intermittent valve drag

Discussion in 'Trumpet Discussion' started by crowmadic, Feb 26, 2008.

  1. brad361

    brad361 Pianissimo User

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    Valve drag IS a drag, so to speak. :cool:
    One reason that I generally do not buy used horns is that I've been told because everyone's finger angle on the downstroke is different, a horn can have it's valves seated in from the original player, which can be problematic for the next owner.
    I also find that vibrato (done with the right hand, a'la violin style), which is what I use, can especially aggravate sticky valves. Keeping the horn clean, as others have mentioned certainly helps. I've also been told that too MUCH oil on the valves can be counter-productive. I've found that heavier springs sometimes helps also. Some things I've seen posted (steel wool, toothpaste, etc.) are not solutions I would try, I'd prefer to have a qualified repair guy possibly try lapping them in to correct the problem. Another trumpet "Achille's heel" can be the second valve slide. As it is short, and not braced, sometimes pressure or a blow to that slide can slightly distort the casing enough to cause problems. I once had a horn knocked off a horn stand, and it landed right on the second slide. It was so bad that the horn was never correct again, even after extensive repair attempts. Damn guitar player! ( The villain who did the deed!)
     
  2. crowmadic

    crowmadic Mezzo Piano User

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    Oct 3, 2006
    Thanks for all the good leads. Keep them coming. ..........crow
     
  3. MFfan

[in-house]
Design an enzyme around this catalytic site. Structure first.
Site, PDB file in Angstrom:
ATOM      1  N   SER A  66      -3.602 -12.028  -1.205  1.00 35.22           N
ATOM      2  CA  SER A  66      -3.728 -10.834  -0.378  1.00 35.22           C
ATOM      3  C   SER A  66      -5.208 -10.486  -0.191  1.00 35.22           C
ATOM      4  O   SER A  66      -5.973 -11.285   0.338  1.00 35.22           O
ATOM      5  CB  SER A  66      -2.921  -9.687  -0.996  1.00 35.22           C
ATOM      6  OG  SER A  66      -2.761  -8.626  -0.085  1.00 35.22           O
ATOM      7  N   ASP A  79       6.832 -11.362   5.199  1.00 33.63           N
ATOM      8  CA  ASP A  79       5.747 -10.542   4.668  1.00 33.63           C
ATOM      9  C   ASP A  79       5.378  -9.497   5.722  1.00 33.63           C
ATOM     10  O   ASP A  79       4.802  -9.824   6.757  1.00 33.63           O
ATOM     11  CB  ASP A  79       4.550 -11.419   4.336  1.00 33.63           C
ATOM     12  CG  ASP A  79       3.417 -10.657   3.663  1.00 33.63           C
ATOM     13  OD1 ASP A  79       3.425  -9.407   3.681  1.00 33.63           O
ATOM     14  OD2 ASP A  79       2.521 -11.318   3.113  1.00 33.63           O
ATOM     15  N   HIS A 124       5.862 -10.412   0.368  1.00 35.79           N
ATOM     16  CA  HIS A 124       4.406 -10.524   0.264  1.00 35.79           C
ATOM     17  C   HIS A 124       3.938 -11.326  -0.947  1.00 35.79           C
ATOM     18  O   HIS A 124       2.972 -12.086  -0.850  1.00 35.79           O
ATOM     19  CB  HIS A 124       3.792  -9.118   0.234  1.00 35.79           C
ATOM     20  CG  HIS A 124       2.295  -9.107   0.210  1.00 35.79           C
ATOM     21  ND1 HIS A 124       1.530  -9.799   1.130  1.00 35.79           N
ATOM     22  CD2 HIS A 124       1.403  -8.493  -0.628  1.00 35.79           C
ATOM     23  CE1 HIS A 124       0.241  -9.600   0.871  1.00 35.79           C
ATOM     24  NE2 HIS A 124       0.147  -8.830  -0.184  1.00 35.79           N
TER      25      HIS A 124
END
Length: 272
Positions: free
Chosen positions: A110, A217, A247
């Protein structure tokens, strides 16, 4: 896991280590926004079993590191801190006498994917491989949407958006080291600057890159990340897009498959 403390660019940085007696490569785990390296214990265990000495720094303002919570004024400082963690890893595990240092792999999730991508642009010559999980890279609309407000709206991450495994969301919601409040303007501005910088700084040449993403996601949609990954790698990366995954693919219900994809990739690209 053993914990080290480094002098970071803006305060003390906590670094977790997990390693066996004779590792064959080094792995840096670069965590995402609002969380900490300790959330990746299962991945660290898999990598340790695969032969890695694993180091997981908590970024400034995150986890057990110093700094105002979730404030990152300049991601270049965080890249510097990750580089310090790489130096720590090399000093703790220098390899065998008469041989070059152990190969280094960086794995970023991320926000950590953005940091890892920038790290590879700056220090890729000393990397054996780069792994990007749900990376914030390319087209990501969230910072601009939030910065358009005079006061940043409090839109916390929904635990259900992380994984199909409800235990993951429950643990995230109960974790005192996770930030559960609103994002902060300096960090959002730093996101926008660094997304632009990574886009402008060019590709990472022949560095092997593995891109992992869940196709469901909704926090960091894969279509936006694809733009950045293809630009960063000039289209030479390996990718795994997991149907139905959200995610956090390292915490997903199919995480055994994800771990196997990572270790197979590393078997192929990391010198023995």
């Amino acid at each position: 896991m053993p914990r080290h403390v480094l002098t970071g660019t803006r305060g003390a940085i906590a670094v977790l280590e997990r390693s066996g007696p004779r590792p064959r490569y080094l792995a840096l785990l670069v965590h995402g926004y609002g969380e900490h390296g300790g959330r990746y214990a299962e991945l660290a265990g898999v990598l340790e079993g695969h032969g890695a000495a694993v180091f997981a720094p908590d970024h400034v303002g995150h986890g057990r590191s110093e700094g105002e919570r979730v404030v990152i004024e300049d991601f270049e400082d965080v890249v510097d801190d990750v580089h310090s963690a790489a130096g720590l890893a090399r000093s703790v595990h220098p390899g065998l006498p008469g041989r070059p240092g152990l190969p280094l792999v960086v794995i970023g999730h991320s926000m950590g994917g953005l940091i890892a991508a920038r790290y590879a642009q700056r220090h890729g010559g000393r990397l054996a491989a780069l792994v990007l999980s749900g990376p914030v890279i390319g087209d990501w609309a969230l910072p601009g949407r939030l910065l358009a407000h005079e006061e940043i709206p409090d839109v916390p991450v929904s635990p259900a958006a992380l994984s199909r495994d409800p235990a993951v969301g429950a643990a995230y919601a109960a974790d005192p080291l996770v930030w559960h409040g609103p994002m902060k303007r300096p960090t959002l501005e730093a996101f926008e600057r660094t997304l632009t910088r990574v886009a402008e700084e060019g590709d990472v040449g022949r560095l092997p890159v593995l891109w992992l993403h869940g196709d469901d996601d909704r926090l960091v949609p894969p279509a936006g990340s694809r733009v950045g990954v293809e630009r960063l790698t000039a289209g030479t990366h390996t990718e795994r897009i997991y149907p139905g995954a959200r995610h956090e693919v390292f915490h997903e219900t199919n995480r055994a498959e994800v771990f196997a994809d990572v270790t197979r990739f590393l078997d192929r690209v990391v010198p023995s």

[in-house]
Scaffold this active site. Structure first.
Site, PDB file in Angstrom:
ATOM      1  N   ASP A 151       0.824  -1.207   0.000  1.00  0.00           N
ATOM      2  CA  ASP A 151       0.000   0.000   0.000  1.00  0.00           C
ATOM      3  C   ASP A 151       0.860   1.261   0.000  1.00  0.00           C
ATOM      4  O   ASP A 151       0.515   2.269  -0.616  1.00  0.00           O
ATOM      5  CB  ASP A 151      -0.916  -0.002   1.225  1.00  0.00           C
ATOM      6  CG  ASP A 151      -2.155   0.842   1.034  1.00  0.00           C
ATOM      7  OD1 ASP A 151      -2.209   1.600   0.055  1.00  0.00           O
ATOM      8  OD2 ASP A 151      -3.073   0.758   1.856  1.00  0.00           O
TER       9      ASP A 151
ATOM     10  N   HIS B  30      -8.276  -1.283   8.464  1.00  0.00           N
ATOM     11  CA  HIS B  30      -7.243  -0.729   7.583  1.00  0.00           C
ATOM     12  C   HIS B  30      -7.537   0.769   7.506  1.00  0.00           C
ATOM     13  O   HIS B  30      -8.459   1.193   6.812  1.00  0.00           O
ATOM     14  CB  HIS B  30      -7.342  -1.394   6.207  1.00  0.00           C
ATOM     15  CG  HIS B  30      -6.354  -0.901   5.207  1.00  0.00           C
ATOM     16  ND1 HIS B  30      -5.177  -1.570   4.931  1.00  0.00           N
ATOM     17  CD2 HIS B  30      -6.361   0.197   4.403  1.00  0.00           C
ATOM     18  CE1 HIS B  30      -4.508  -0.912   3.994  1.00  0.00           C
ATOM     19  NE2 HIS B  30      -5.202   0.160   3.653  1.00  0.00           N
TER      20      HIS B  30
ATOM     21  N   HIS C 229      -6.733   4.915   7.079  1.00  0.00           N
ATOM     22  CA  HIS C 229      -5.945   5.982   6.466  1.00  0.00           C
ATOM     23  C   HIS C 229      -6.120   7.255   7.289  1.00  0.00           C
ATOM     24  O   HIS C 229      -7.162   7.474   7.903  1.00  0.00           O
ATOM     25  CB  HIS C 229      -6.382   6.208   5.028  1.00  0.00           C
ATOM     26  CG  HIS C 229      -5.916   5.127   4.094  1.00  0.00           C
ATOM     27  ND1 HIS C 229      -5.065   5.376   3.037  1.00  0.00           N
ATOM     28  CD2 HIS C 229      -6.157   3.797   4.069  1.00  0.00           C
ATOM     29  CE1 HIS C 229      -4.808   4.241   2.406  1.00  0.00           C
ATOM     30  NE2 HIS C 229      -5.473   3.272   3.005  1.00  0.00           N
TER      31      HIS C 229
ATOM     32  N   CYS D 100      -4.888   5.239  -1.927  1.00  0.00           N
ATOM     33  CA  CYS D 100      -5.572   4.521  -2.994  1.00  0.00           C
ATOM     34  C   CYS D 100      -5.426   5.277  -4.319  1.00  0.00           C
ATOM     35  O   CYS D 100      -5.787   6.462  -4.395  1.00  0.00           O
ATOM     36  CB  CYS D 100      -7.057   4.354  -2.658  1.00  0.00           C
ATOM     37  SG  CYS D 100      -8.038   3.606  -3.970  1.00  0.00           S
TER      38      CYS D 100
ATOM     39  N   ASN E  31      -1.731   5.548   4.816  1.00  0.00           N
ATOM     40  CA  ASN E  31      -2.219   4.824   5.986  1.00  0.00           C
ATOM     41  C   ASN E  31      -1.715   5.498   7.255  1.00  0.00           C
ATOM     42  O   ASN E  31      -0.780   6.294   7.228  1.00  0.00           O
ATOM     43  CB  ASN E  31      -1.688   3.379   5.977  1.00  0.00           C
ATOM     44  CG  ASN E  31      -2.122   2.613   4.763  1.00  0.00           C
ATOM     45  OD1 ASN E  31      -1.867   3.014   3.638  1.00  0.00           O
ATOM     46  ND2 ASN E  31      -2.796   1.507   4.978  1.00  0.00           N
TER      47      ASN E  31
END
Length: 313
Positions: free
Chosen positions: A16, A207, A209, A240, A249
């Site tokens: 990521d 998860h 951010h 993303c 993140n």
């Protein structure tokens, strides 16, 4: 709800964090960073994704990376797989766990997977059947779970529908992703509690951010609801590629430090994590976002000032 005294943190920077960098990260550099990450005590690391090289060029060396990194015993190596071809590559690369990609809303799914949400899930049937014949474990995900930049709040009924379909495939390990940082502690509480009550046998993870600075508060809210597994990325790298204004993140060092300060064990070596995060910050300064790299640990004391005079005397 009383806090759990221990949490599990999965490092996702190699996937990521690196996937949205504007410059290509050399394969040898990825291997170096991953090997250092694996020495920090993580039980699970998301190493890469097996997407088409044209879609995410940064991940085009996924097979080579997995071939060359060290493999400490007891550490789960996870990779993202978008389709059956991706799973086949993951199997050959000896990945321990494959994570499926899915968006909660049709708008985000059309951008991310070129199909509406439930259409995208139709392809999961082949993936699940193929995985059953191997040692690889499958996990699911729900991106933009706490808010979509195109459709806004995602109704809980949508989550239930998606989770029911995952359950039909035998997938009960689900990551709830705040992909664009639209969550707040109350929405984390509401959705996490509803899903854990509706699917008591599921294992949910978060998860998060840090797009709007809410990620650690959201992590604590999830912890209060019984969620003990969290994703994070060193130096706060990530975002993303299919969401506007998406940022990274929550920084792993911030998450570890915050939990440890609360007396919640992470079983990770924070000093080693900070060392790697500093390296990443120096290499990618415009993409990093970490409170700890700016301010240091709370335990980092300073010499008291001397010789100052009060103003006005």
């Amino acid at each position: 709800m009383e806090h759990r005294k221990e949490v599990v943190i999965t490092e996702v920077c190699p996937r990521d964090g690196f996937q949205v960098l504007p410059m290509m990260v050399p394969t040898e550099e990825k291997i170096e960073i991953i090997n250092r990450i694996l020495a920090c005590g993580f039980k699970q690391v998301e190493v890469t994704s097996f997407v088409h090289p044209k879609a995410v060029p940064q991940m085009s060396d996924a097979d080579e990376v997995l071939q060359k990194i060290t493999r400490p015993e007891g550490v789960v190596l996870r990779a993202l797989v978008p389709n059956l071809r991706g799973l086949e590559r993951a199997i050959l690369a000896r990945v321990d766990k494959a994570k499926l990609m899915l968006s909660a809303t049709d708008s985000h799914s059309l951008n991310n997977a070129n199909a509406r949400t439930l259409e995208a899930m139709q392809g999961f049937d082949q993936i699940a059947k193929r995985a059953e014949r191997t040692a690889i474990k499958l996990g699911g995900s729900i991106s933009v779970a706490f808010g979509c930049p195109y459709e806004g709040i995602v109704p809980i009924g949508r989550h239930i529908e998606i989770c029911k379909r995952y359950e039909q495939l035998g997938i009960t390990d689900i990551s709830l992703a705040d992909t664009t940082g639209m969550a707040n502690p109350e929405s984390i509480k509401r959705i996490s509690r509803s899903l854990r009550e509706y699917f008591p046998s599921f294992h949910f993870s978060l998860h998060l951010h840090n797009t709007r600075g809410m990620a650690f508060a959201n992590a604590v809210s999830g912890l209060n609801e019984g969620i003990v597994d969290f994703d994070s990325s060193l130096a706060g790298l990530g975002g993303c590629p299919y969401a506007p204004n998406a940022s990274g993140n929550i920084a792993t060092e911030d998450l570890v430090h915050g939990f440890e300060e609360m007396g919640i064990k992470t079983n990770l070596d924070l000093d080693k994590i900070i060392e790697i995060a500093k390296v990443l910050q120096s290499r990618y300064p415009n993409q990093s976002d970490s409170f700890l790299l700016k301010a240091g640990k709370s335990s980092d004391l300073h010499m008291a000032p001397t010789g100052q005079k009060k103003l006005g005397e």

MFfan Fortissimo User

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    Hi Crow, it is a long story. I got the Besson about a year ago. The pistons showed a lot of wear. I put an ad in TH for some possible replacements. Horn builder Charmaine Slatten kindly wrote me. She was using Besson 2-20's and Stratfords for parts to make here D Horns and others and volunteered to check and see if she had anything that would work for me in her stock. She had no 8-10, but a friend did and verified that 2-20's were virually the same and worked. Eventually she sent me 3 complete units in exchange for my old ones and postage. I think the 2-20 is virtually the same horn as mine. Anyway it was a complicated process for a novice like me. The second and 3rd pistons and valve tops were the same heighth, but the ist was a different , shorter stroke top shaft. They were from different instruments. I bought new springs from thebandroom. Late last year her shop in Cal. had a bad fire and hundreds of horns were lost, so was my supply. We did find the Stratfords had completly different piston design and wouldn't work.

    She sent me very detailed instructions on how to align the valves myself and I bought a couple sets of felts locally and experimented with valve stem heights, felts thickness and finally got the problem child ist piston action aligned so it doesn't catch . The guides are iffy and I would like to find new ones of some sort. Also I used olive oil onthe first valve recently and other types. Invaluable advice on the forums which really helped a lot. The horn is not perfect, but has great tone and can be played in public and I have learned alot about the mechanics, also from stripping the old lacquer and enjoying polishing the raw brass.:-)